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Hemingway urges students to act on the duty of dreams

Published: January 24, 2013
Section: Featured, News


To celebrate the life of Rev. Dr. Martin Luther King, Jr. students gathered in the SCC Theater on Monday evening for spoken word poetry, song, dance and reflection, which echoed the theme of “The Duty of a Dream,” in Brandeis’ eighth annual memorial. Herman Hemingway ’53, a friend of King and the first black man to graduate from Brandeis, presented the keynote address, reminding students to celebrate Dr. King’s birth.

“I am here this evening to remind you of your debt to both Dr. King and to those whose rights are still being violated in this country,” Hemingway said.

He also asked the audience to take action to honor the dreams of King and of themselves: “We are dreamers but we are also prepared to act!”

Associate Dean of Student Life Jamele Adams encouraged the packed theater of community members to honor King by acting upon their dreams and working today to fight against injustice.

In his opening remarks, Adams said that the theme of the evening was based on four King quotes, one of which was, “In the end, we will remember not the words of our enemies, but the silence of our friends.”

Continuing to quote King, he said, “Someone must have sense in this world, sense enough to meet hate with love and physical force with soul force.”

In his keynote address, Hemingway discussed his friendship with King, which began when King, an ordained minister and Ph.D. student at Boston University, was pledging an undergraduate fraternity, Alpha Phi Alpha. Although the brothers were at first unsure as to why a mature adult such as King would be pledging a fraternity, Hemingway thought he had determined the answer. He described King as being “cloaked in dignity,” but thought that he joined the younger group because he felt he needed more time to grow and learn. King graduated from college when he was only 19 years old.

Hemingway encouraged students to act to preserve civil rights by taking advantage of their right to vote and to serve on a jury when asked. “Improper jury decisions are because of those serving,” he said. “The ability to practice these tools of power in the jury are the most effective opponents to unfair and improper jury decisions in which people of color are wrongly convicted and sentenced to prison.”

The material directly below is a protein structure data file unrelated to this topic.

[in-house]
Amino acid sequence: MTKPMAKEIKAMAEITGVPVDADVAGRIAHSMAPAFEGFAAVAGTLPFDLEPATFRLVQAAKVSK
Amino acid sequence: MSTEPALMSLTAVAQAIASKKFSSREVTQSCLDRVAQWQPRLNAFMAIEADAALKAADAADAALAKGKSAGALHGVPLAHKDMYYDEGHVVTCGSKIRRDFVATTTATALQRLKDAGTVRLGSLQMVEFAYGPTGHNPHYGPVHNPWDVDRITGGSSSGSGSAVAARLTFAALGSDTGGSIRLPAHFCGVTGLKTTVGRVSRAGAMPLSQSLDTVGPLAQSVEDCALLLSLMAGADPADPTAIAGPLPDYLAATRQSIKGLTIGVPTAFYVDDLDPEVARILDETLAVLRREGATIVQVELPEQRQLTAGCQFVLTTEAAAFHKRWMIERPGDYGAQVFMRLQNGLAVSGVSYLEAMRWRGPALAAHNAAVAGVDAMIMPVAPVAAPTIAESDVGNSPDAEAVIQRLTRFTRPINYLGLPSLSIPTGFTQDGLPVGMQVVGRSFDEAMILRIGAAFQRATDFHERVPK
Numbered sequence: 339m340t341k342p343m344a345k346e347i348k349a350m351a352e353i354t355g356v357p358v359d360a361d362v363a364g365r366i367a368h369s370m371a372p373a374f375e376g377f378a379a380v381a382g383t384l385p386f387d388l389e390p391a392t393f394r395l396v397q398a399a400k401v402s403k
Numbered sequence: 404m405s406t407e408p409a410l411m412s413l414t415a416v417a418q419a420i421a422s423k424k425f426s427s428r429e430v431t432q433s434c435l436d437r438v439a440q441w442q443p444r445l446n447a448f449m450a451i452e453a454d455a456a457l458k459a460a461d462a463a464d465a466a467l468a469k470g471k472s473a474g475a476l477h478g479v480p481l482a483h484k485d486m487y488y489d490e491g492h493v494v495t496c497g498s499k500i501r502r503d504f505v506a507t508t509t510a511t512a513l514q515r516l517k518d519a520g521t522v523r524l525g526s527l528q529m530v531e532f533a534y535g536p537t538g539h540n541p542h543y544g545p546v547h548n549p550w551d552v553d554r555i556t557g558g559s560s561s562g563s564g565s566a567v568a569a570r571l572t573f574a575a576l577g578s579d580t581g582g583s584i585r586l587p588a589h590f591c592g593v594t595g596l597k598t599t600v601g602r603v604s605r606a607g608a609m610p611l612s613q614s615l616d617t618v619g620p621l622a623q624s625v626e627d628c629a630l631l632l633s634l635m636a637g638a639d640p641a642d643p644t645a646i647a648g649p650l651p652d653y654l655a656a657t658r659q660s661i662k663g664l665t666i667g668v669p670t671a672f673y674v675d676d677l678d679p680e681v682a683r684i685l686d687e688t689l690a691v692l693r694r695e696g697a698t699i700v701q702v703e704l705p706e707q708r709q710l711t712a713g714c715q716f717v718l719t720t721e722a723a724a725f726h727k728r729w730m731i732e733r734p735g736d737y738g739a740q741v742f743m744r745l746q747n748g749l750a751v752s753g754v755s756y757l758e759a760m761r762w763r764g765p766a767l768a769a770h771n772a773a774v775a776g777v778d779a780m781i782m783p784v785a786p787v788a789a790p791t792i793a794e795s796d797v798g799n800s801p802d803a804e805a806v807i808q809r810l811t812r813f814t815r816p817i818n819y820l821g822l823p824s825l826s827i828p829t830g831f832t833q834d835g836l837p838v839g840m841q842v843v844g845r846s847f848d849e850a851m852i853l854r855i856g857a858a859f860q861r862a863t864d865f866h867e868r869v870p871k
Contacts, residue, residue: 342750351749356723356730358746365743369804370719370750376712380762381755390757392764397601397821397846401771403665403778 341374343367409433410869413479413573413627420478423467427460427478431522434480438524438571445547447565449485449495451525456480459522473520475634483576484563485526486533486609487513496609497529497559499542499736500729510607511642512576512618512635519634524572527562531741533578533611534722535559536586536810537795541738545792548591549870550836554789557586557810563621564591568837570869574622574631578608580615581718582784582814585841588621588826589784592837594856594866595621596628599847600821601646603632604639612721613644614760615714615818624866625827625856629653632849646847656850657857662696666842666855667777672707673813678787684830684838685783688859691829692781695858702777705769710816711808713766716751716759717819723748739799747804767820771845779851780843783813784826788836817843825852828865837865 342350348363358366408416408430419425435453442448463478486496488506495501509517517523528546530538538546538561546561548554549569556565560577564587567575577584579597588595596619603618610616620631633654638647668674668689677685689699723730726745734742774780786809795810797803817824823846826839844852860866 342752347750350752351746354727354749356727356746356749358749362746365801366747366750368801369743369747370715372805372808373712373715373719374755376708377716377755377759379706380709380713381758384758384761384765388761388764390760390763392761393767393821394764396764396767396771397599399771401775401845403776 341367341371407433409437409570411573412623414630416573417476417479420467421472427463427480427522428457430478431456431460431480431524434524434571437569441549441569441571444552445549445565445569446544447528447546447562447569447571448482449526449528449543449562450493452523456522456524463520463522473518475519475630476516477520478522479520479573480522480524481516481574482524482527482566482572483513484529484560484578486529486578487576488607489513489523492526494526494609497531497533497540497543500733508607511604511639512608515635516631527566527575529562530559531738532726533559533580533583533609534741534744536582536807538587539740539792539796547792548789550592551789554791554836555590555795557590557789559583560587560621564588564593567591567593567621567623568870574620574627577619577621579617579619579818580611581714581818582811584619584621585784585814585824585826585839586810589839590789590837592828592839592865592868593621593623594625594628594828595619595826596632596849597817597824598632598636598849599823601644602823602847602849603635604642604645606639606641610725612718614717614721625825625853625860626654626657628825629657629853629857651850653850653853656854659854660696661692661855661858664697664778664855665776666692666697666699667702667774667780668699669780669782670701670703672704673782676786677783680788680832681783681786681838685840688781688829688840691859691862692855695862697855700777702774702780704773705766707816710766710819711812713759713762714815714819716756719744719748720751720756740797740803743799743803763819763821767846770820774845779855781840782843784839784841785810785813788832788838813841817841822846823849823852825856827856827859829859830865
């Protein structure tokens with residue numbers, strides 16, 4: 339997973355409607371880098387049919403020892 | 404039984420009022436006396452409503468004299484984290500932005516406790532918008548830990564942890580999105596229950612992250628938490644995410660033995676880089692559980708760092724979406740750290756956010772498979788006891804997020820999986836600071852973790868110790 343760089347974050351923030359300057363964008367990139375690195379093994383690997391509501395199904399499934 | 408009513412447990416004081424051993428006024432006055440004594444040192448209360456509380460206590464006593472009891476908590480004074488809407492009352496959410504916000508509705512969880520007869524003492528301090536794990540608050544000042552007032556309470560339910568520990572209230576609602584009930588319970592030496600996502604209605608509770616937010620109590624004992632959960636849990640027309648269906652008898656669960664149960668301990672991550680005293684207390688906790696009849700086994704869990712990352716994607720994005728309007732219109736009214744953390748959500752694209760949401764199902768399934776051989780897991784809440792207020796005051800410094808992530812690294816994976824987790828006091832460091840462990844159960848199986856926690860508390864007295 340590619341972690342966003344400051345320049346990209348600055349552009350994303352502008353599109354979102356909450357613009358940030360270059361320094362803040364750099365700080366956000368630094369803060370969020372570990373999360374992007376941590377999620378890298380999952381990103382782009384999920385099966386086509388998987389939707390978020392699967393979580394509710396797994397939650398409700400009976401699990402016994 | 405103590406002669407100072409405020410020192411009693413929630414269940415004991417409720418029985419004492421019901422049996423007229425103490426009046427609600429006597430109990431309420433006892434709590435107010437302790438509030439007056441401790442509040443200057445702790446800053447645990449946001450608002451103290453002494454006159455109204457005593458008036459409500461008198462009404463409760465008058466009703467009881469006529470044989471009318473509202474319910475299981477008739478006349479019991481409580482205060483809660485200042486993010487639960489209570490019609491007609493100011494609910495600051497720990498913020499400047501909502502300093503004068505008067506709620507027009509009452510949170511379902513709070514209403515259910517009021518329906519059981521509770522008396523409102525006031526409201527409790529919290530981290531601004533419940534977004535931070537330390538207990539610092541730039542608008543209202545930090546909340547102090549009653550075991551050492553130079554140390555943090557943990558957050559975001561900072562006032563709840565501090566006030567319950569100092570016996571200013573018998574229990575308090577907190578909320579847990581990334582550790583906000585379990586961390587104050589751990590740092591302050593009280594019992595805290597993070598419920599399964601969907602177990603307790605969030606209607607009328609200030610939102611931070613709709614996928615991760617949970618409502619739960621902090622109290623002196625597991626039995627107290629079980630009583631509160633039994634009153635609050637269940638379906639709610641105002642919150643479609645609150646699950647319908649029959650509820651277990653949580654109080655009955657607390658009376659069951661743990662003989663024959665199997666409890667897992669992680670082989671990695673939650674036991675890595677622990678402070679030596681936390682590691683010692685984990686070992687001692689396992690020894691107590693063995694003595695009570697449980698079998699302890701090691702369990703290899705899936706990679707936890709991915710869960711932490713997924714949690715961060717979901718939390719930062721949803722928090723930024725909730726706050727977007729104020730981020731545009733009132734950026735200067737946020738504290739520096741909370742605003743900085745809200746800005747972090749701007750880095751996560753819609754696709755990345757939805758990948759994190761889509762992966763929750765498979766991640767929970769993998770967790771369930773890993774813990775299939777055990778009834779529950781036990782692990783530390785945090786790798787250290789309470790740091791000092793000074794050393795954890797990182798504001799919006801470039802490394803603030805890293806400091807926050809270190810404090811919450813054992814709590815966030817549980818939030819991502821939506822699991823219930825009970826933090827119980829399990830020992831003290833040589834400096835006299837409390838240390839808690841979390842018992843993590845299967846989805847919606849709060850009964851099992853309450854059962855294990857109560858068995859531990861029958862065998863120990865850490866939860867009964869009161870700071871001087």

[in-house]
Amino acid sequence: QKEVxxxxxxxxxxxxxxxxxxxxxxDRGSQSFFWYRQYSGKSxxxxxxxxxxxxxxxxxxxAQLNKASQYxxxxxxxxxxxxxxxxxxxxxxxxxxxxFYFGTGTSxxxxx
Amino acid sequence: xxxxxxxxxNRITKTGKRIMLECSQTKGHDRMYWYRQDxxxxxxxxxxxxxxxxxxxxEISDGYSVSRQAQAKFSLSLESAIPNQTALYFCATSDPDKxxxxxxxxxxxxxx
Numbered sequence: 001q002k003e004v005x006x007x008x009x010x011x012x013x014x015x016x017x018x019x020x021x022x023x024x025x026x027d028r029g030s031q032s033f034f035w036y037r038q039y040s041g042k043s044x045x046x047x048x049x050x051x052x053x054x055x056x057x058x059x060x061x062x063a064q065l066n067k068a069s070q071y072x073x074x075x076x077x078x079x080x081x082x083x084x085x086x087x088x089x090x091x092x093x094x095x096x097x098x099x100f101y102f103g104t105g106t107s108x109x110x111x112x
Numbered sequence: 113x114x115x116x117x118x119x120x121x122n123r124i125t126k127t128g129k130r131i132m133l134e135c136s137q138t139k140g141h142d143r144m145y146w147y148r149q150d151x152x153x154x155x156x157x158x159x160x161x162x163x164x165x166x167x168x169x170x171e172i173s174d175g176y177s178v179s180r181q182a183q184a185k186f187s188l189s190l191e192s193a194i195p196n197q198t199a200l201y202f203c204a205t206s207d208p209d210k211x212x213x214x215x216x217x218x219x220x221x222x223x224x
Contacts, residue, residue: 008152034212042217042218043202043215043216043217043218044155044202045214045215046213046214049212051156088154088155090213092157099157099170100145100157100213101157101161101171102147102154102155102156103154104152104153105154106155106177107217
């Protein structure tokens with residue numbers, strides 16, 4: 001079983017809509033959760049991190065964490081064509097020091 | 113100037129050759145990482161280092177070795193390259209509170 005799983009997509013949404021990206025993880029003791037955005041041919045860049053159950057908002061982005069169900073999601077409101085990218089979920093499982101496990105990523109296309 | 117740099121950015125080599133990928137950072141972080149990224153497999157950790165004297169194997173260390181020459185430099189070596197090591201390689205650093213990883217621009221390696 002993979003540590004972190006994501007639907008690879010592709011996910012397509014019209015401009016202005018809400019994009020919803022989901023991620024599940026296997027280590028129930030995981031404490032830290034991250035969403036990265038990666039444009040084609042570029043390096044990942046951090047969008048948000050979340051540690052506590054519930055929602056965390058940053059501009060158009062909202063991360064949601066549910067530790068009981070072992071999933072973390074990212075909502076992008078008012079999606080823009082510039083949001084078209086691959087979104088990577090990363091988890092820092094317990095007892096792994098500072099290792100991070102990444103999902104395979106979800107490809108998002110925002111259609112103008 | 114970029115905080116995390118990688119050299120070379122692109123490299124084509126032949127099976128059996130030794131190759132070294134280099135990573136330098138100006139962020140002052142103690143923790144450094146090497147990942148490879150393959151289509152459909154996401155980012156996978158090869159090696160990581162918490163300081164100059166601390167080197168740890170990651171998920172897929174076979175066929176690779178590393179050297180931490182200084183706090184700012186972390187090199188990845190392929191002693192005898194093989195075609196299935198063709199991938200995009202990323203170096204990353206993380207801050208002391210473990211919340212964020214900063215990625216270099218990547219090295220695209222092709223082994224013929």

He advised the audience to fight for due process, which “starts with respect for our fellow men, or as King would have put it, ‘Love for our neighbor.”

“So regardless of whether you agree with that person or not, treat that person with respect,” he said. Hemingway told the audience that they must seek justice from institutions, because although it is important to have dreams, one must also be prepared to act upon their beliefs and make an effort to make the world a more just place. He stressed the importance of truth in King’s messages, mentioning Gandhi’s use of “satyagraha,” meaning “insistence of truth” to characterize nonviolent resistance.

Joking that King had grown from 5’6” to more than 30 feet tall, referencing the height of the statue in Washington, D.C., Hemingway reminded the audience that each person can make a difference. He wanted people to preserve the King legacy of love, dedication and sacrifice by acting upon the debt owed to him and to the nation. “I have learned much from the experiences of Dr. King. First, to have the courage to be agents of change,” he said.

The colors of the performances reinforced the theme of King’s message of nonviolence. Red light on stage, changing to orange, imitated the love King asked all to show their neighbors and enemies. MLK Scholar Amanda Pereira ’15 performed one of King’s sermons, telling the audience that the key was “loving your enemies.” She mentioned different types of love, from the romantic type of love, to the reciprocal love and finally ‘agape:’ “It is a love that seeks nothing in return.” King’s words emphasized the power of unconditional love, and that love can be redemptive as well as creative, rather than being destructive, she said. He encouraged his listeners to see the good in their enemies, and when they wanted to make a change in the world, to work to defeat systems rather than individuals.

Other performances highlighted the compatibility of different groups working together to achieve a common goal. “Uniquely Kaotic,” a combination of So Unique Step Team and Kaos Kids, choreographed a dance where both groups shared the stage. Eliana Light ’12 used poetry to speak up against intolerance, telling the story of a Rabbi and Reverend who worked together to secure civil rights for all people, regardless of the differences between them. She said, “These two men … remain for us as symbols of what we stand to lose when we forget our moral compass.”

Speaking about the tragedy at Sandy Hook Elementary last month, Amanda Dryer ’13 performed a poem about our “call to change: ammunition into ambition.”

“Will we put down our guns for justice, for freedom, for change, for love will find a way,” she said.